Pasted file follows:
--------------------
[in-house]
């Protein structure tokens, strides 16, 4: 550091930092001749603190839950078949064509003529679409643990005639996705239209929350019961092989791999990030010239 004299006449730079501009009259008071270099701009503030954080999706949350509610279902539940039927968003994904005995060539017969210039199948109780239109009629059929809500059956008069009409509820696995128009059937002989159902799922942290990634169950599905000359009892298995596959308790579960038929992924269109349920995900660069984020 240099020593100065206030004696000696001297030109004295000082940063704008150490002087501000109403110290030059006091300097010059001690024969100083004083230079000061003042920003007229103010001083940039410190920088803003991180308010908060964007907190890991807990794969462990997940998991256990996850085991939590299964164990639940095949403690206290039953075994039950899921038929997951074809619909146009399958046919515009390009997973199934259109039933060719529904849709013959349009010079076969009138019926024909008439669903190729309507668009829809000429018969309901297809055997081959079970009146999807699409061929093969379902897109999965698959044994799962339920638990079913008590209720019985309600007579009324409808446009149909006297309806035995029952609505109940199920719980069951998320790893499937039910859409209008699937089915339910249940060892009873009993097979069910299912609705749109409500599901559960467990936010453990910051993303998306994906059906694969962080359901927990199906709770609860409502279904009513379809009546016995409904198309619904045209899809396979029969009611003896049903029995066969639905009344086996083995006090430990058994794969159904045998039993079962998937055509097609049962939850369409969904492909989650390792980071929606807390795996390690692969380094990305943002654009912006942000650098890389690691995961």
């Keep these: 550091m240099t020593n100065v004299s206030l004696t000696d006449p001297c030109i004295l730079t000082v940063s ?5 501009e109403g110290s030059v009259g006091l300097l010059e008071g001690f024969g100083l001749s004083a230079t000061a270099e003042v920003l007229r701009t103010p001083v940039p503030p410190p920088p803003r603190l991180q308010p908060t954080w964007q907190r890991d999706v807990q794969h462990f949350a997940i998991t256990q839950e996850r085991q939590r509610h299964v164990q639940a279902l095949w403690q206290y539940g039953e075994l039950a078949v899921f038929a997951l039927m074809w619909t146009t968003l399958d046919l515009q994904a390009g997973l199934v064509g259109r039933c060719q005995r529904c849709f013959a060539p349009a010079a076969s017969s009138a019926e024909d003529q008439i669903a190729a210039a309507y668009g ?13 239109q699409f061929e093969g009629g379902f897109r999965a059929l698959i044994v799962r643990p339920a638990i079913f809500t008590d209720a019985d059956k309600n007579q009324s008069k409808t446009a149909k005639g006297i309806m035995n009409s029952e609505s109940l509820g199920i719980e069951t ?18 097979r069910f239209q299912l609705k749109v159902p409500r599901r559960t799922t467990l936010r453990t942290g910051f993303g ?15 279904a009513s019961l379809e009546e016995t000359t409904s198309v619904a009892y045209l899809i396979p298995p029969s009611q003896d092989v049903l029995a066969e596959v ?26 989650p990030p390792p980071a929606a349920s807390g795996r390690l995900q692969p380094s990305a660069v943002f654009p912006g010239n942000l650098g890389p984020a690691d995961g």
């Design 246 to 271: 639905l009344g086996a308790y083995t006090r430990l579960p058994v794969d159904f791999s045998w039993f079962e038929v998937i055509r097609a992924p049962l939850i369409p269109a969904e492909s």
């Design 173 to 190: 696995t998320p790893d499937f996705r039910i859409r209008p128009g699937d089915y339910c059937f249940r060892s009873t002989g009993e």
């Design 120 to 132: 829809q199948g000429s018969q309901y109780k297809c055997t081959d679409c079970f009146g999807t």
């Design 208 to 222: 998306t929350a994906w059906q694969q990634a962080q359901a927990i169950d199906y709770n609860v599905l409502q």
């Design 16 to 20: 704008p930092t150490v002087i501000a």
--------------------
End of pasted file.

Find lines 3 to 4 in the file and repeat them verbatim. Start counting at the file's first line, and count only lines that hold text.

């Keep these: 550091m240099t020593n100065v004299s206030l004696t000696d006449p001297c030109i004295l730079t000082v940063s ?5 501009e109403g110290s030059v009259g006091l300097l010059e008071g001690f024969g100083l001749s004083a230079t000061a270099e003042v920003l007229r701009t103010p001083v940039p503030p410190p920088p803003r603190l991180q308010p908060t954080w964007q907190r890991d999706v807990q794969h462990f949350a997940i998991t256990q839950e996850r085991q939590r509610h299964v164990q639940a279902l095949w403690q206290y539940g039953e075994l039950a078949v899921f038929a997951l039927m074809w619909t146009t968003l399958d046919l515009q994904a390009g997973l199934v064509g259109r039933c060719q005995r529904c849709f013959a060539p349009a010079a076969s017969s009138a019926e024909d003529q008439i669903a190729a210039a309507y668009g ?13 239109q699409f061929e093969g009629g379902f897109r999965a059929l698959i044994v799962r643990p339920a638990i079913f809500t008590d209720a019985d059956k309600n007579q009324s008069k409808t446009a149909k005639g006297i309806m035995n009409s029952e609505s109940l509820g199920i719980e069951t ?18 097979r069910f239209q299912l609705k749109v159902p409500r599901r559960t799922t467990l936010r453990t942290g910051f993303g ?15 279904a009513s019961l379809e009546e016995t000359t409904s198309v619904a009892y045209l899809i396979p298995p029969s009611q003896d092989v049903l029995a066969e596959v ?26 989650p990030p390792p980071a929606a349920s807390g795996r390690l995900q692969p380094s990305a660069v943002f654009p912006g010239n942000l650098g890389p984020a690691d995961g």
């Design 246 to 271: 639905l009344g086996a308790y083995t006090r430990l579960p058994v794969d159904f791999s045998w039993f079962e038929v998937i055509r097609a992924p049962l939850i369409p269109a969904e492909s």